At the beginning of the summer I woke from a dream in which I took a pregnancy test and it was positive. Being a dream, the pregnancy test involved neon lights and a flashing plus sign. And when I woke and took a test in real life, it was positive too.
All summer I carried that baby within me. Peter and I waited a few weeks before we slowly began to share our news and, for a little while, it was a lovely secret that just the two of us knew. All summer, we thought and planned for our family of four. Our baby would arrive shortly after Pearl’s second birthday and I was so excited about that age gap, though nervous at the same time as to how we would work it all out in our two bedroom house. “We’ll figure it out and we’ll learn,” we said, “Just like we did with Pearl.”
This past week I have packed up the maternity clothes I started to pull out. I have crossed pre-natal vitamins off my grocery list. I have stared at the ultrasound pictures stuck on our fridge a dozen times a day because I can’t bear to take them down. I wake up every morning and it hits me again.
When I miscarried for the first time, early in 2014, we told only a few people close to us. The day after I had an ultrasound to confirm the miscarriage, I went to work. I didn’t know how to talk about it and there didn’t seem to be space to share our loss, no matter how real and awful it felt for us. I thought at the time that I only knew two other women who had miscarried. In the time since then, I’ve learned how horrifically common miscarriage is and how many women are living with the memories of babies they never got to meet.
Experiencing a second trimester miscarriage makes this loss all the more public. There’s been no hiding it, nor do I want to hide it. We made our public announcements – we shared on Facebook, we told our co-workers, I shared about pregnancy here. I don’t regret any of that because our baby was real and we were so happy to be waiting for him. It felt impossible at first to have to come back and tell people that our baby is gone. And it has been very, very hard. I have avoided people in grocery line-ups so that I could just buy milk without having to have that conversation. I have cried at the playground telling a neighbourhood mom I don’t know very well. I have had to respond to heartfelt congratulations with the news of one of the worst things that ever happened to me.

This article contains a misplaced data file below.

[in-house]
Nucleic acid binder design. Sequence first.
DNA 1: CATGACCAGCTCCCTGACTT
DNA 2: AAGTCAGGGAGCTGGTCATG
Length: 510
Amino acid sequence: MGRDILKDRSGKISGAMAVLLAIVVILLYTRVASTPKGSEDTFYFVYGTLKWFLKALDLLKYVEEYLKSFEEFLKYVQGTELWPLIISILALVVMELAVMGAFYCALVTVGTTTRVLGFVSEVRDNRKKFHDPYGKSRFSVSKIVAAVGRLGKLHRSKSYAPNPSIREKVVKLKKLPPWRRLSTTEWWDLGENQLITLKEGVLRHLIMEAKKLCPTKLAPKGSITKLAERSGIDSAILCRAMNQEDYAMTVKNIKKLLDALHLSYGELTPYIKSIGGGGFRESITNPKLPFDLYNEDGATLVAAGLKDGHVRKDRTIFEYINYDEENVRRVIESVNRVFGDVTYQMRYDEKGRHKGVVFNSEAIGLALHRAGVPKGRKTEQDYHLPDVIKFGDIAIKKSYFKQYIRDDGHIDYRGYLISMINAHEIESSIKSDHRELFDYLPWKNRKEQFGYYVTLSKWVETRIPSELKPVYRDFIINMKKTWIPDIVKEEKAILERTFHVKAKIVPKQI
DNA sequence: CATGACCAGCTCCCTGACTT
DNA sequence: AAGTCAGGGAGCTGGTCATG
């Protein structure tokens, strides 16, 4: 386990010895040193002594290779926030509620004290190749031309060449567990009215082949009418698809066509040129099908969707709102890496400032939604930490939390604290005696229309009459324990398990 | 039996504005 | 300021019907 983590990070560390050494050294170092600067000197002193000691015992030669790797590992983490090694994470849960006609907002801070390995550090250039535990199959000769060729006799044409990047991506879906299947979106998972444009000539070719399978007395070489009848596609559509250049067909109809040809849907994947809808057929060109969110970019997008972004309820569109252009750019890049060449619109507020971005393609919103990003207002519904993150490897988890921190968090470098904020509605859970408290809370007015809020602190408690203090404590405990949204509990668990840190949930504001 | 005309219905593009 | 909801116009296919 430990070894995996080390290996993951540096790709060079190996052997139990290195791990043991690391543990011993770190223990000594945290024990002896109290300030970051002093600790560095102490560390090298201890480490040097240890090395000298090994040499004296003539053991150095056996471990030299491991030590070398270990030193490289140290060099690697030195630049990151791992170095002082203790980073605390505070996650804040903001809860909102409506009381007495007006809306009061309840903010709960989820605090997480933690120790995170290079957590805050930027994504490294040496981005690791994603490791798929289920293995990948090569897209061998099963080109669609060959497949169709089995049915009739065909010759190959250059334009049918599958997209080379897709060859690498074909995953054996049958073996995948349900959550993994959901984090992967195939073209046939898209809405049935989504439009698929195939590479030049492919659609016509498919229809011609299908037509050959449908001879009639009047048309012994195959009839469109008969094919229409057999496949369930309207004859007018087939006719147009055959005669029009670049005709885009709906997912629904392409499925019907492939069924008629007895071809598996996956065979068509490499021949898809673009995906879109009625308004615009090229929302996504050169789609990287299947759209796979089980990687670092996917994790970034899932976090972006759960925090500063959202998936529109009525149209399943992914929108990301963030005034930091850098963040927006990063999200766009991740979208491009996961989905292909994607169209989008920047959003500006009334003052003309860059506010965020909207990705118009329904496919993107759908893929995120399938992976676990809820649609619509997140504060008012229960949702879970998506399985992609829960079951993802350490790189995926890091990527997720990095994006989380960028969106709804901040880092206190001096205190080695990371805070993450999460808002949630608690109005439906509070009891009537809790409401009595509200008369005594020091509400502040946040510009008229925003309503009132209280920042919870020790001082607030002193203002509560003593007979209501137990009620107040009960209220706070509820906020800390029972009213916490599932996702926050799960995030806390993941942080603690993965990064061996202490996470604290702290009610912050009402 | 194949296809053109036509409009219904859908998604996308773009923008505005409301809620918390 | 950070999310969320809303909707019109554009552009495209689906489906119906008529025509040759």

But so often the response has been, “It happened to me too.” From nurses at the hospital to close friends to almost strangers, other parents have shared a little of their own stories. (And I take great comfort in the fact that, for none of them, was miscarriage the end of their story.)
Honestly, I am struggling right now and I think I will be for a long time yet. And I think that’s okay but it’s still so hard. I am trying to pray and I am struggling to pray. God feels very quiet and very far away right now. But Romans 8:26 tells us that the Holy Spirit will intercede for us with “groanings too deep for words” and I take comfort in that too. I am trying, too, to remember that God speaks and moves through His church. That His hand and heart are behind each prayer offered on our behalf, each kind e-mail, text, and message I’ve received. Behind the meals brought, the coffees bought, the hugs given. If you are a praying type, please pray for our family. Please pray for me until I can get some prayers out on my own. The Bible tells us that God is loving and merciful and just and that His ways are not our own. I know this to be true at the core of my being but I’m also angry and heartbroken. This is a hard path to walk.
If you read here occasionally for book reviews and whatnot, that’s okay too and I’m glad you’re here. I’ll still be reading books and sharing about them. I am trying to find things in each day to enjoy and be grateful for. Today that includes my beautiful little girl, my loving husband, our little house, and a good book.